ABSTRACT: Origin and Structural Development of the LaSalle Arch, Louisiana
The LaSalle arch is a basement high separating the Louisiana and Mississippi interior salt basins. Using reflection seismic data, an area located on the southern end of the LaSalle arch was shown to be composed of relict Paleozoic continental crust that was left behind and partially rifted during the breakup of Pangea during the Triassic. Rifting preferentially occurred to the north of a Paleozoic thrust fault nose, and crustal extension took place in a northeast-southwest direction.
The LaSalle arch, as seen in post-Triassic stratigraphy, formed by a two-part process. The western limb developed syndepositionally due to differential subsidence, and the eastern limb developed due to relative regional tilting to the east after deposition of the Claibornian Sparta Formation. The LaSalle arch acted as only a minor impediment to sediment transport with a very low relief except during the Tayloran Stage of the Upper Cretaceous.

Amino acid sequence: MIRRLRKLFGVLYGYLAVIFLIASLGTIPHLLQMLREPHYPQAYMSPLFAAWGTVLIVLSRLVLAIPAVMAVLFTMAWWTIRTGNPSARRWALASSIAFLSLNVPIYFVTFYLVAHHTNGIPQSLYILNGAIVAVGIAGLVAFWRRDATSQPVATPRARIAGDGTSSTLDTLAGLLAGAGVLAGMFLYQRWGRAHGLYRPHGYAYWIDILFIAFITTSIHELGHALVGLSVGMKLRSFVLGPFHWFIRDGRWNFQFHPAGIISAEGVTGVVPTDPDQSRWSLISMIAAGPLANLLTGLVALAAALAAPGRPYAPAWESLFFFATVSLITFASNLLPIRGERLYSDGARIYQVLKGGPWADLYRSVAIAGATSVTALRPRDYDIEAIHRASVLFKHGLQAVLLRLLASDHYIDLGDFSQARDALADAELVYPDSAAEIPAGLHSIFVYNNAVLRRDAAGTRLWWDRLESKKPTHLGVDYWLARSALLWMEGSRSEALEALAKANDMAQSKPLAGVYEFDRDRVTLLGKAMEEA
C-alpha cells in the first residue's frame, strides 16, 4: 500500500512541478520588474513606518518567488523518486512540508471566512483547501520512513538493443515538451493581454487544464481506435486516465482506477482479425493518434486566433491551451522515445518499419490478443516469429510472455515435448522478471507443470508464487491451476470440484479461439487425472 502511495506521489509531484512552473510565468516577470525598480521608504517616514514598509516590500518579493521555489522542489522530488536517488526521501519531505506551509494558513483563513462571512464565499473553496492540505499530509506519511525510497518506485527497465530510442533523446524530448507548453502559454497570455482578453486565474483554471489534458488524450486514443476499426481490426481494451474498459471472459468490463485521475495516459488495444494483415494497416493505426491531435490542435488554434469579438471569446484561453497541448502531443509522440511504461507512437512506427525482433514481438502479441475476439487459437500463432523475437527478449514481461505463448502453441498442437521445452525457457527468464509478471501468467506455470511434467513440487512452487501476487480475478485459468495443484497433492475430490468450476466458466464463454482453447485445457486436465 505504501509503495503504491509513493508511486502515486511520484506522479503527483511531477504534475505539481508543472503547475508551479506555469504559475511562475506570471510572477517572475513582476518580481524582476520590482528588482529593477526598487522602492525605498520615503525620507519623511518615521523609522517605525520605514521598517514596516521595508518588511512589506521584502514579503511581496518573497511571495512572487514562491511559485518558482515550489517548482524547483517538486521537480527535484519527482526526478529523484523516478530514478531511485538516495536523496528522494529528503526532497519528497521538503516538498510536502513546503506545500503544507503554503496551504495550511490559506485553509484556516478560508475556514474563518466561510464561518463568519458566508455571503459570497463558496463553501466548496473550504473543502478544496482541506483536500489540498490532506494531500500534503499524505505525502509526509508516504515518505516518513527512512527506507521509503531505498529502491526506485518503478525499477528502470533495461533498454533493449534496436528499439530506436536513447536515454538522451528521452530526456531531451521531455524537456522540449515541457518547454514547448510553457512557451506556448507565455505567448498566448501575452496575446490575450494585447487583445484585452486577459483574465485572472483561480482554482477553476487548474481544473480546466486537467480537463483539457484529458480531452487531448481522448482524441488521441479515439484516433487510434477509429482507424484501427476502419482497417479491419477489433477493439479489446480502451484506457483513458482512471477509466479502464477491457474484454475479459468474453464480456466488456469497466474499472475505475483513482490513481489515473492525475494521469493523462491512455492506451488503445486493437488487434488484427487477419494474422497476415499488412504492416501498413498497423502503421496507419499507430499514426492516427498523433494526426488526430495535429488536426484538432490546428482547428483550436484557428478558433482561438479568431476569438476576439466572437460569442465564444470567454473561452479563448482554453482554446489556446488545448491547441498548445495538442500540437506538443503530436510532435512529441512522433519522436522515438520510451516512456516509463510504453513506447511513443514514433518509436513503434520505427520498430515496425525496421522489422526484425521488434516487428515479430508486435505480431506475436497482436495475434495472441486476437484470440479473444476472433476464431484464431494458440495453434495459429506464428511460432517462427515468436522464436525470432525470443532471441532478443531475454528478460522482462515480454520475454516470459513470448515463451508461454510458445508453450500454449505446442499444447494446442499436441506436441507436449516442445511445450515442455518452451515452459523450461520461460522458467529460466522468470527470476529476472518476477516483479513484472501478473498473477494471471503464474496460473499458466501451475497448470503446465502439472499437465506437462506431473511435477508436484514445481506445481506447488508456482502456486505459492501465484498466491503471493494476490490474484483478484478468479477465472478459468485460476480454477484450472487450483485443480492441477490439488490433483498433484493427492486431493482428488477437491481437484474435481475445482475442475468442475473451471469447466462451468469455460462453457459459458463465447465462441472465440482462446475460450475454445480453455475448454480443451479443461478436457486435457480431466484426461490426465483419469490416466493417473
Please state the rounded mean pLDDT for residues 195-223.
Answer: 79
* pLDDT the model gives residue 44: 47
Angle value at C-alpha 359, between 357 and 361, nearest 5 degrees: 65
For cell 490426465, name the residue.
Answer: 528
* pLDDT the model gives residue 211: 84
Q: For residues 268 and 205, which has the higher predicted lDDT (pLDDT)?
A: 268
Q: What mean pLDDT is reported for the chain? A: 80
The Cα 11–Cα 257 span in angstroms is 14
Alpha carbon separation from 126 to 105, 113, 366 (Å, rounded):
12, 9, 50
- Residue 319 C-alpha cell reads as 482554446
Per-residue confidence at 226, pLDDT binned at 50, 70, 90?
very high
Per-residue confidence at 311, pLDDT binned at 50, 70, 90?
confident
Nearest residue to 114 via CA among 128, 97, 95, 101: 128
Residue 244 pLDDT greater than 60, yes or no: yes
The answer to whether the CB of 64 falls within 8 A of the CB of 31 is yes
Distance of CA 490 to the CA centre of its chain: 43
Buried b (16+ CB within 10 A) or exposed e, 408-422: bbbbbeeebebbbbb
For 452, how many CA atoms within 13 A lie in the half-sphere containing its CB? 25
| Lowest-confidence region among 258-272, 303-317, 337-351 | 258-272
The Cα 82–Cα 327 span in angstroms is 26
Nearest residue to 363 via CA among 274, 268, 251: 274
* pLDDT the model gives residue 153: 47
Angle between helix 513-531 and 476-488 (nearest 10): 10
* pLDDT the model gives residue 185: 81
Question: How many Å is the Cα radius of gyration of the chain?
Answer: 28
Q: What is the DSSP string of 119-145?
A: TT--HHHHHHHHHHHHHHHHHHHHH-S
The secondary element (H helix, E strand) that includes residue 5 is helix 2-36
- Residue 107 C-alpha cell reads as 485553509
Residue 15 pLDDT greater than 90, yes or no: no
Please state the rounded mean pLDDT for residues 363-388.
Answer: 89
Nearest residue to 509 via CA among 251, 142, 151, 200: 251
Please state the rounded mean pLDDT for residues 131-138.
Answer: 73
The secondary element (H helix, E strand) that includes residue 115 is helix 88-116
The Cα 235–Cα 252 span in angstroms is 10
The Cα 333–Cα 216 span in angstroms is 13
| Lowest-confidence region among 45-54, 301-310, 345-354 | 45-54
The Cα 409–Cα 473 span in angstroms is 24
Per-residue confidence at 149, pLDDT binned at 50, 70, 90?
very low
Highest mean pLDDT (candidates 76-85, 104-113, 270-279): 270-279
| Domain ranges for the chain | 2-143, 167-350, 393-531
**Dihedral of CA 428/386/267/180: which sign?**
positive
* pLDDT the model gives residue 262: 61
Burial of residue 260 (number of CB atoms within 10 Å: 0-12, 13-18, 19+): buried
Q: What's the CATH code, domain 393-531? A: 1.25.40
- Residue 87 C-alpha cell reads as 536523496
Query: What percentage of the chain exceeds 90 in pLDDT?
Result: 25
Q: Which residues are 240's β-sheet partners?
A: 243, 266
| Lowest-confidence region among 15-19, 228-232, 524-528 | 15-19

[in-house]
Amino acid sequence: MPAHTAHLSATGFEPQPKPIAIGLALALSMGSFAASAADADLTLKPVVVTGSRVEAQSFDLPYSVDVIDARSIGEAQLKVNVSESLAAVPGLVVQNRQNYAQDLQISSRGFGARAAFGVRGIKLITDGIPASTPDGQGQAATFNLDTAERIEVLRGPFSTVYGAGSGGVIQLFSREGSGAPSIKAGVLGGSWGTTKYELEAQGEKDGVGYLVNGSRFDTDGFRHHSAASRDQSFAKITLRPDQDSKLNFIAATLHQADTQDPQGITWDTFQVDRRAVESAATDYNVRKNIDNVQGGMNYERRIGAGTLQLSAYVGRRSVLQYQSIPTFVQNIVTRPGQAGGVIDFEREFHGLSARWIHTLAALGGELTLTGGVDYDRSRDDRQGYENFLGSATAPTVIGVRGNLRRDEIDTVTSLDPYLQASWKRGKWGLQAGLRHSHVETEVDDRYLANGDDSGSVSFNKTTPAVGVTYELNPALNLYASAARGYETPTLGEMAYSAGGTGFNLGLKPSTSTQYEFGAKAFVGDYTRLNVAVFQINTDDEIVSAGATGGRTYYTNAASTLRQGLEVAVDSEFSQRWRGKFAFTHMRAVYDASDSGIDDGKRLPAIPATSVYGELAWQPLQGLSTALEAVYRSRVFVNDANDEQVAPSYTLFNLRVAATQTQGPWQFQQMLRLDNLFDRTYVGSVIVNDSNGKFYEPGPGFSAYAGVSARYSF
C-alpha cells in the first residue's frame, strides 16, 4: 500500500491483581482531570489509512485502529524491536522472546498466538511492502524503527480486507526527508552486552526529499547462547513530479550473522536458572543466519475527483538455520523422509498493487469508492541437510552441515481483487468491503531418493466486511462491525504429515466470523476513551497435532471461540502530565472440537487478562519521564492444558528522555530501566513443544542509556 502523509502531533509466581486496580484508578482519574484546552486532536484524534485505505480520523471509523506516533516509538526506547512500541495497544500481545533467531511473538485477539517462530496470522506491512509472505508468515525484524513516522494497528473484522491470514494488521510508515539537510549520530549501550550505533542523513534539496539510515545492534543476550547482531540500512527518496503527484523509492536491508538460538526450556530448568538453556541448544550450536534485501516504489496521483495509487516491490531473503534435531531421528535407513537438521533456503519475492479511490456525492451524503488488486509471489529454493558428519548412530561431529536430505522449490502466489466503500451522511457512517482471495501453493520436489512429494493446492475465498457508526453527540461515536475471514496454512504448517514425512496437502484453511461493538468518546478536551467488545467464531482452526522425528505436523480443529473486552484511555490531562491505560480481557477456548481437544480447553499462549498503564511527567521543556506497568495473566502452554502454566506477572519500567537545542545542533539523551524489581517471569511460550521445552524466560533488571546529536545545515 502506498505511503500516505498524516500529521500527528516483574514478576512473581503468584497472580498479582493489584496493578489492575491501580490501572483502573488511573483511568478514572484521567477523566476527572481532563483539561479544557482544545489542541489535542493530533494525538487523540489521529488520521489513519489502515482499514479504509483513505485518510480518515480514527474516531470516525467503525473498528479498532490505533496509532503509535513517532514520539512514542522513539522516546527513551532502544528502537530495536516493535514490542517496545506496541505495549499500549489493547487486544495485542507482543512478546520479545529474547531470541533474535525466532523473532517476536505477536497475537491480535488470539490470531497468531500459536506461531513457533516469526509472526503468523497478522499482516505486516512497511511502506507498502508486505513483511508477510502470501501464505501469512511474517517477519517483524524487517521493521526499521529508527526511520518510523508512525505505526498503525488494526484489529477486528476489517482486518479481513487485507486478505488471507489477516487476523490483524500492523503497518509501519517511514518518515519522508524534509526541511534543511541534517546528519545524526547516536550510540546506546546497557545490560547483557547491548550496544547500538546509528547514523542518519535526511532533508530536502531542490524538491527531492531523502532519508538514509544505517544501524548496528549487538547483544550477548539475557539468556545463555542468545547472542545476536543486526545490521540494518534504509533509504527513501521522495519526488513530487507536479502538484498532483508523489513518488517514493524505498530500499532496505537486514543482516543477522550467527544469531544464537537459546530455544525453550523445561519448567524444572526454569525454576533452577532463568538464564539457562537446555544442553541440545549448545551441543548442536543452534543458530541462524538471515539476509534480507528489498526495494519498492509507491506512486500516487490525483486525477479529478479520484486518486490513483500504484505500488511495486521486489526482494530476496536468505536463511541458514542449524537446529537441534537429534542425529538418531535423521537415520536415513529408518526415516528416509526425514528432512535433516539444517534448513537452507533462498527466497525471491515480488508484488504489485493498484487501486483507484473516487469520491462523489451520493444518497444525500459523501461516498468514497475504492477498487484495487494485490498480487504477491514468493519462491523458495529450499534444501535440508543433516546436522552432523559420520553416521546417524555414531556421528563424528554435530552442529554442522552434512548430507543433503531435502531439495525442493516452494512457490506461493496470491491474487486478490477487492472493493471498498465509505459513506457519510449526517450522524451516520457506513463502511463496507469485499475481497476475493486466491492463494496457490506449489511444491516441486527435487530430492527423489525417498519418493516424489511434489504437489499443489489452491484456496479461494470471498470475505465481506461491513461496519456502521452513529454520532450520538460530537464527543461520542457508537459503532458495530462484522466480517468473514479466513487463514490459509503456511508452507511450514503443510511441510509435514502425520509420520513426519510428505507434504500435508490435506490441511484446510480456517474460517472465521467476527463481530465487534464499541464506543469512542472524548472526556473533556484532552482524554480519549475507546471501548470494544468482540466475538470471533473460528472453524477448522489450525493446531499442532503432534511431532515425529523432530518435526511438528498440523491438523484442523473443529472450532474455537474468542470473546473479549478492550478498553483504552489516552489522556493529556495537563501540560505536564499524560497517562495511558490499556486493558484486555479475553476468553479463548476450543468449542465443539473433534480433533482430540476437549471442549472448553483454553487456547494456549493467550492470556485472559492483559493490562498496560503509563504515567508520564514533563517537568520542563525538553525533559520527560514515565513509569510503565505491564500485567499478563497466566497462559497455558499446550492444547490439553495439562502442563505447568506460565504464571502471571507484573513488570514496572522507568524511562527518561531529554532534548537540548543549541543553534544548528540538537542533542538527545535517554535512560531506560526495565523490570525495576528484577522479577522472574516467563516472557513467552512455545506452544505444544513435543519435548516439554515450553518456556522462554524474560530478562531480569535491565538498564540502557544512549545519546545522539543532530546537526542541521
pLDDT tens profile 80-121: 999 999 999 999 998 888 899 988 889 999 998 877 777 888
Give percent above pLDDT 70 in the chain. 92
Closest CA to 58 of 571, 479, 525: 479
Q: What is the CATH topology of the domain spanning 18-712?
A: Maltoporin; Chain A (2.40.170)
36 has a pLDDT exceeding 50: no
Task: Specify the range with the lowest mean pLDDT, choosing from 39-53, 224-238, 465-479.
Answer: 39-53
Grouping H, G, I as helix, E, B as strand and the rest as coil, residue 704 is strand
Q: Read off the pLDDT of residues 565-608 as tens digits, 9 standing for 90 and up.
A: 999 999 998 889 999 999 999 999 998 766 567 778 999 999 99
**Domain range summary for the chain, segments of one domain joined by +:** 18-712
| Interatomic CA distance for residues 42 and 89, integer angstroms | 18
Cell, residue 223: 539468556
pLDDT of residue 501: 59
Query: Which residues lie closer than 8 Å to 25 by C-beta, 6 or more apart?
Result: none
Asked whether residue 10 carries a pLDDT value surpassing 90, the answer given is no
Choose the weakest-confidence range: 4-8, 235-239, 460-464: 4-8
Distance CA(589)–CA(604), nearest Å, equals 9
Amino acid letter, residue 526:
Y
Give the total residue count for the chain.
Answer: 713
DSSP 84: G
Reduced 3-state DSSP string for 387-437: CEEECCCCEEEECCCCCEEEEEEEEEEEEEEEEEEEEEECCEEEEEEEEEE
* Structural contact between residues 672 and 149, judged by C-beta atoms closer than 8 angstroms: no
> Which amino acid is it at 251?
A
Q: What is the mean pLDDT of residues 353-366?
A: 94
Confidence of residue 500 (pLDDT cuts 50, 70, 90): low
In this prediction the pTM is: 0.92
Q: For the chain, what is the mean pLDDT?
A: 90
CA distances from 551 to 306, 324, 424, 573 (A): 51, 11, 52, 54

A single truncational unconformity in post-Triassic stratigraphy is present in the Taylora Demopolis Formation, indicating a period of relatively major uplift by the LaSalle arch. This contrasts with the Sabine arch in eastern Texas; the Sabine arch experienced uplift during the Eagle Fordian and Sabinian stages. A recently proposed hypothesis calling for overthrusting in the Western Cordillera as the mechanism for uplift on the Sabine arch cannot explain movement of the LaSalle arch because horizontal stress would predict synchronous uplift of basement highs. A more satisfactory uplift mechanism calls upon lateral heat flow from the mantle as the driving force for uplift.
AAPG Search and Discovery Article #91003©1990 AAPG Annual Convention, San Francisco, California, June 3-6, 1990